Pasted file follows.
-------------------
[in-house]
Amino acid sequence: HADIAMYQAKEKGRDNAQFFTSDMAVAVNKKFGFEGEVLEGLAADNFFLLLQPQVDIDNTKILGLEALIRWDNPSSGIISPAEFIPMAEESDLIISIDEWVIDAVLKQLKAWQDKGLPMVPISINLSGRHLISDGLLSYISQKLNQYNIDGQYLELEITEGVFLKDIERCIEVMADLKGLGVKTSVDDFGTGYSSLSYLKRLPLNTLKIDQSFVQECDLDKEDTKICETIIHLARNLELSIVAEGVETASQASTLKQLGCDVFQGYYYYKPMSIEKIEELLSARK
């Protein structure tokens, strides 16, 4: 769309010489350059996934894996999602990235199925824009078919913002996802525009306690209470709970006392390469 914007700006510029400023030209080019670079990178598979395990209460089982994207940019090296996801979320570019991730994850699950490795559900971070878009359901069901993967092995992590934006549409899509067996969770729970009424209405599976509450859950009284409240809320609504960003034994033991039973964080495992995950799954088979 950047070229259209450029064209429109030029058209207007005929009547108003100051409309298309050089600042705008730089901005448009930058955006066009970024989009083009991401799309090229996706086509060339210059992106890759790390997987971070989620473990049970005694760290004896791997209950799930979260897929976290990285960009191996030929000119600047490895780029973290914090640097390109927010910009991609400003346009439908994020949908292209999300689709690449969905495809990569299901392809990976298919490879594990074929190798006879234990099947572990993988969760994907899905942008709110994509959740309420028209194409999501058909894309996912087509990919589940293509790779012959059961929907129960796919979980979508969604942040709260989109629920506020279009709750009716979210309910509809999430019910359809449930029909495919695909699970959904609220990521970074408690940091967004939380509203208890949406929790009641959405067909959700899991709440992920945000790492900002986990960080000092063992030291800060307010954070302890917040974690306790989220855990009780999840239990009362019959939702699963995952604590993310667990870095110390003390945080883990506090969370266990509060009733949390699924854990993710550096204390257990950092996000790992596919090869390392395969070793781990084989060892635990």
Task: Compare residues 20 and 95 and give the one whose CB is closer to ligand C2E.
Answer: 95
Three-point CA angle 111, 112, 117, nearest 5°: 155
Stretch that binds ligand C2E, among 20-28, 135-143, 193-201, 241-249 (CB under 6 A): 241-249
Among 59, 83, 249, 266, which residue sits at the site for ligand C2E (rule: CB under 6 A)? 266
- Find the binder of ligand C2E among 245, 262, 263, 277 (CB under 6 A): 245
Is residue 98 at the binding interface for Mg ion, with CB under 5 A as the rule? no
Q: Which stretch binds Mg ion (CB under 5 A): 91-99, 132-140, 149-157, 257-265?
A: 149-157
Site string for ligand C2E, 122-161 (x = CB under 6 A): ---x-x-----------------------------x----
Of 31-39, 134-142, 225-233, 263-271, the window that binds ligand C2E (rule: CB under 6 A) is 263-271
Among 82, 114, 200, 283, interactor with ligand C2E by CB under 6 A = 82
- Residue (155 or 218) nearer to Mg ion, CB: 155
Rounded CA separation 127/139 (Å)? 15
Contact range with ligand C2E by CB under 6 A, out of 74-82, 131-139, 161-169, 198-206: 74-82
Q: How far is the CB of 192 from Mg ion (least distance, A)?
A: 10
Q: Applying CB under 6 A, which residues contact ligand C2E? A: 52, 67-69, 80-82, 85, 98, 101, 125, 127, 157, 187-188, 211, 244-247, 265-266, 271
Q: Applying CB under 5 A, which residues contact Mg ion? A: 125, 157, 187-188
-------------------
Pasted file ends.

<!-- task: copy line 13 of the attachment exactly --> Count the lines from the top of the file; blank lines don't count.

Site string for ligand C2E, 122-161 (x = CB under 6 A): ---x-x-----------------------------x----